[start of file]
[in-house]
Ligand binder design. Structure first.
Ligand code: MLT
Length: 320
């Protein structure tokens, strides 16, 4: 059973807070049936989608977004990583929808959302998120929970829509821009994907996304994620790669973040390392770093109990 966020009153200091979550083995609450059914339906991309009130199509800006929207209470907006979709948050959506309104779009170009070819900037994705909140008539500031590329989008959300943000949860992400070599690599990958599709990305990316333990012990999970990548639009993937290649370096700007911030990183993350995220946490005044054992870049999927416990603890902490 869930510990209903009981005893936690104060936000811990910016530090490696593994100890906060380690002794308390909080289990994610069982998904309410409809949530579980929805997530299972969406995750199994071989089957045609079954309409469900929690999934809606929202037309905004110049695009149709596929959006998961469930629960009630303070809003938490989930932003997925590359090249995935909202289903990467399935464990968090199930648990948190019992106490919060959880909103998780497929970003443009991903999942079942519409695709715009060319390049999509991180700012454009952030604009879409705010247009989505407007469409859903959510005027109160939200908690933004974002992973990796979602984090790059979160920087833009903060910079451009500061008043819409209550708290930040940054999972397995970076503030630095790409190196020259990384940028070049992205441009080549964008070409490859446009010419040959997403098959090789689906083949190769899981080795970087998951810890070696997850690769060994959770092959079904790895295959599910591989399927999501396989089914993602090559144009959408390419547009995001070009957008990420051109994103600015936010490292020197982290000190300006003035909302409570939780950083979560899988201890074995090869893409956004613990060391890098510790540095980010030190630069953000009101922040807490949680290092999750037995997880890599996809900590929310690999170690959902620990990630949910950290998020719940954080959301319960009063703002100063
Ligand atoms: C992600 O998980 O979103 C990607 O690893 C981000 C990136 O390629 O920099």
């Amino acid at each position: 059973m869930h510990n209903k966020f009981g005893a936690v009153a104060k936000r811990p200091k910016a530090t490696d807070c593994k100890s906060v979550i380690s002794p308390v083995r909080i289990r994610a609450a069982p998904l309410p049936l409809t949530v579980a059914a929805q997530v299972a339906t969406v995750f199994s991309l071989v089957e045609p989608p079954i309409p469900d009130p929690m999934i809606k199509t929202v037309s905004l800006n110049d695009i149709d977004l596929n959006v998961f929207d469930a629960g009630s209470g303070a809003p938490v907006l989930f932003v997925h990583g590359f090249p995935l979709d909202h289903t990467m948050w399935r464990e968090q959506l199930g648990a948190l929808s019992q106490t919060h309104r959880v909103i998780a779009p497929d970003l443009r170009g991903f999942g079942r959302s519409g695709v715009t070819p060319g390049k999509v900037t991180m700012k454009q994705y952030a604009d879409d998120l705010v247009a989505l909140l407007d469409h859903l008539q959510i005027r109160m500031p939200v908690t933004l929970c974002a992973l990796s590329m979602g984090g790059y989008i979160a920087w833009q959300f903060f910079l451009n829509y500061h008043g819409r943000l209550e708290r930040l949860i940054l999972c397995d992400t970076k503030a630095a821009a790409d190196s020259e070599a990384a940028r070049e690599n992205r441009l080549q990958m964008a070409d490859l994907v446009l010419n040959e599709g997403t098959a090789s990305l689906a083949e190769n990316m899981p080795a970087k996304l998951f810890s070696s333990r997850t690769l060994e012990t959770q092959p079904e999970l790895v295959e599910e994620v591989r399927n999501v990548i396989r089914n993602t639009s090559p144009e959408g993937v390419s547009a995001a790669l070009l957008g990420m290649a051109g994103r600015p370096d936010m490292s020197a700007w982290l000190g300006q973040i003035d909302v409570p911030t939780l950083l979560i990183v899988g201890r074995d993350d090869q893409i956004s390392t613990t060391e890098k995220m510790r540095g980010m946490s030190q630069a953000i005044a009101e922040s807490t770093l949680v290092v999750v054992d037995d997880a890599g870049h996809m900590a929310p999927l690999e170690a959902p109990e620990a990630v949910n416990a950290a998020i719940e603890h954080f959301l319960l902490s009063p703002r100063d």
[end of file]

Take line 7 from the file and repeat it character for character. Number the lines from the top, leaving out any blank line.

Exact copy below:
């Amino acid at each position: 059973m869930h510990n209903k966020f009981g005893a936690v009153a104060k936000r811990p200091k910016a530090t490696d807070c593994k100890s906060v979550i380690s002794p308390v083995r909080i289990r994610a609450a069982p998904l309410p049936l409809t949530v579980a059914a929805q997530v299972a339906t969406v995750f199994s991309l071989v089957e045609p989608p079954i309409p469900d009130p929690m999934i809606k199509t929202v037309s905004l800006n110049d695009i149709d977004l596929n959006v998961f929207d469930a629960g009630s209470g303070a809003p938490v907006l989930f932003v997925h990583g590359f090249p995935l979709d909202h289903t990467m948050w399935r464990e968090q959506l199930g648990a948190l929808s019992q106490t919060h309104r959880v909103i998780a779009p497929d970003l443009r170009g991903f999942g079942r959302s519409g695709v715009t070819p060319g390049k999509v900037t991180m700012k454009q994705y952030a604009d879409d998120l705010v247009a989505l909140l407007d469409h859903l008539q959510i005027r109160m500031p939200v908690t933004l929970c974002a992973l990796s590329m979602g984090g790059y989008i979160a920087w833009q959300f903060f910079l451009n829509y500061h008043g819409r943000l209550e708290r930040l949860i940054l999972c397995d992400t970076k503030a630095a821009a790409d190196s020259e070599a990384a940028r070049e690599n992205r441009l080549q990958m964008a070409d490859l994907v446009l010419n040959e599709g997403t098959a090789s990305l689906a083949e190769n990316m899981p080795a970087k996304l998951f810890s070696s333990r997850t690769l060994e012990t959770q092959p079904e999970l790895v295959e599910e994620v591989r399927n999501v990548i396989r089914n993602t639009s090559p144009e959408g993937v390419s547009a995001a790669l070009l957008g990420m290649a051109g994103r600015p370096d936010m490292s020197a700007w982290l000190g300006q973040i003035d909302v409570p911030t939780l950083l979560i990183v899988g201890r074995d993350d090869q893409i956004s390392t613990t060391e890098k995220m510790r540095g980010m946490s030190q630069a953000i005044a009101e922040s807490t770093l949680v290092v999750v054992d037995d997880a890599g870049h996809m900590a929310p999927l690999e170690a959902p109990e620990a990630v949910n416990a950290a998020i719940e603890h954080f959301l319960l902490s009063p703002r100063d």